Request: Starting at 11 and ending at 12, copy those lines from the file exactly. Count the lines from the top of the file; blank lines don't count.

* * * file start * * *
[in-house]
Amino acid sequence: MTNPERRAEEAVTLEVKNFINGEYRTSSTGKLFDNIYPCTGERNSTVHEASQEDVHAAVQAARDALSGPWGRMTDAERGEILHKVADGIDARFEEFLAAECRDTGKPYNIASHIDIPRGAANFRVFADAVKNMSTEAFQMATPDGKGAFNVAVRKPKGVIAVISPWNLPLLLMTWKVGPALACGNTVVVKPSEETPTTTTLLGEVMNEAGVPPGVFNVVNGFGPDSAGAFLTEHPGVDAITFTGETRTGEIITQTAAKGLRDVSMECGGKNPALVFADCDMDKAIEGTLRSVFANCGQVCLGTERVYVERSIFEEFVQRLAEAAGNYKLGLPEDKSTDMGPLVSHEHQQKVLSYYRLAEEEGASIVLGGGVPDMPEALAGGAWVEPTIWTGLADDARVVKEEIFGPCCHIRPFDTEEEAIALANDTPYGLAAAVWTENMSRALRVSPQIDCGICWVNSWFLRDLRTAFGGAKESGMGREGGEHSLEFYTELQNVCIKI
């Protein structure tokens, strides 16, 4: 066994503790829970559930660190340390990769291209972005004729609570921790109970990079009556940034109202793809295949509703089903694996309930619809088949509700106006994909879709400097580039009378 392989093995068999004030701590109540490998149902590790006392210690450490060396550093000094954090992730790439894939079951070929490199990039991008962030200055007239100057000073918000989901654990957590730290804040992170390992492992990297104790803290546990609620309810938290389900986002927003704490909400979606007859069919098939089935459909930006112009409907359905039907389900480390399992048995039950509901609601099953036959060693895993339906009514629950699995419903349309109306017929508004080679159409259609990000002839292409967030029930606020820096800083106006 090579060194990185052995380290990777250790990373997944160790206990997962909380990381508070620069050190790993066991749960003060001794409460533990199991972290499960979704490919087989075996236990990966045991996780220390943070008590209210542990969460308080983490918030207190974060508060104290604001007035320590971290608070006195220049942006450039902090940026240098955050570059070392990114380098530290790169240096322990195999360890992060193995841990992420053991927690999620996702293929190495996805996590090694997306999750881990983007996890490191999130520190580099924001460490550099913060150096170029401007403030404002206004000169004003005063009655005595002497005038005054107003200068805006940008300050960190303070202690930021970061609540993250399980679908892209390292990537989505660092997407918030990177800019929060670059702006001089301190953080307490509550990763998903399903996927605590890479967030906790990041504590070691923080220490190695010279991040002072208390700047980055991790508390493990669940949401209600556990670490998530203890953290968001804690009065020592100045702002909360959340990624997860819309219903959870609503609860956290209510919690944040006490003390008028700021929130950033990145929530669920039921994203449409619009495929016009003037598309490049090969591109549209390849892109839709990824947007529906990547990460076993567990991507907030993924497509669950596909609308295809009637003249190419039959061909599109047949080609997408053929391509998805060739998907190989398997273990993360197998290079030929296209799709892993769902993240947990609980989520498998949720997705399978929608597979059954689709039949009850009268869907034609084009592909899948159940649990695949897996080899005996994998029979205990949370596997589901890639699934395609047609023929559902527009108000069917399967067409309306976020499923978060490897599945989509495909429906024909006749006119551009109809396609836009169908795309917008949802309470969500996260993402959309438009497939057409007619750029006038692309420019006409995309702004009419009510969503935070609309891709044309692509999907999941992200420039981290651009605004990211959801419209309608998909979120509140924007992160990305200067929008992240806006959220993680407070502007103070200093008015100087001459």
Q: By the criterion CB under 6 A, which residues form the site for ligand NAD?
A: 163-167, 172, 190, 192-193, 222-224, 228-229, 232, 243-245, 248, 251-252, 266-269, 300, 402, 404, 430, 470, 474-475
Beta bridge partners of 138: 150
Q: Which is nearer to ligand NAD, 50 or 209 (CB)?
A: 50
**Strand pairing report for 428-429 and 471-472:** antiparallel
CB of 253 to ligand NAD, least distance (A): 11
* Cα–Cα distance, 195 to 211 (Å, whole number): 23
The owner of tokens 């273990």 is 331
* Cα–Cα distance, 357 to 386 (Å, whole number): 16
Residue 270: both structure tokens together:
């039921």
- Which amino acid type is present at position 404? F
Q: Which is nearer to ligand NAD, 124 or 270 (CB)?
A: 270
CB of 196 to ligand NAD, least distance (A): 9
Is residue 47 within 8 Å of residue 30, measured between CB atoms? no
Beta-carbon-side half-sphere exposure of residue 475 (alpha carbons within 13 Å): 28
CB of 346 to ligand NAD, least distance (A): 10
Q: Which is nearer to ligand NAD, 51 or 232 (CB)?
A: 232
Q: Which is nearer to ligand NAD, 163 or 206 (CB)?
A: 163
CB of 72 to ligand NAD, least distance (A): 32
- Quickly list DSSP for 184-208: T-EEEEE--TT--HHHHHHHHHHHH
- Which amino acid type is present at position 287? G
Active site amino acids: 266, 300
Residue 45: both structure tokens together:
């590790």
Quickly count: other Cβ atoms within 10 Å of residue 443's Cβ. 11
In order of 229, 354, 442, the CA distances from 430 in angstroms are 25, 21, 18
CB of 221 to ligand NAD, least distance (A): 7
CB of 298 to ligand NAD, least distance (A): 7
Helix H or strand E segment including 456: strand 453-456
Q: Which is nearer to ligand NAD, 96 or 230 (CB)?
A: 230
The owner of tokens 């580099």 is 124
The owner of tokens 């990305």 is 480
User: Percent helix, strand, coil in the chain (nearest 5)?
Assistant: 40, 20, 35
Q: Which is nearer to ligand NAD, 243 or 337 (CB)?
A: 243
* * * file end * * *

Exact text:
* Cα–Cα distance, 195 to 211 (Å, whole number): 23
The owner of tokens 């273990």 is 331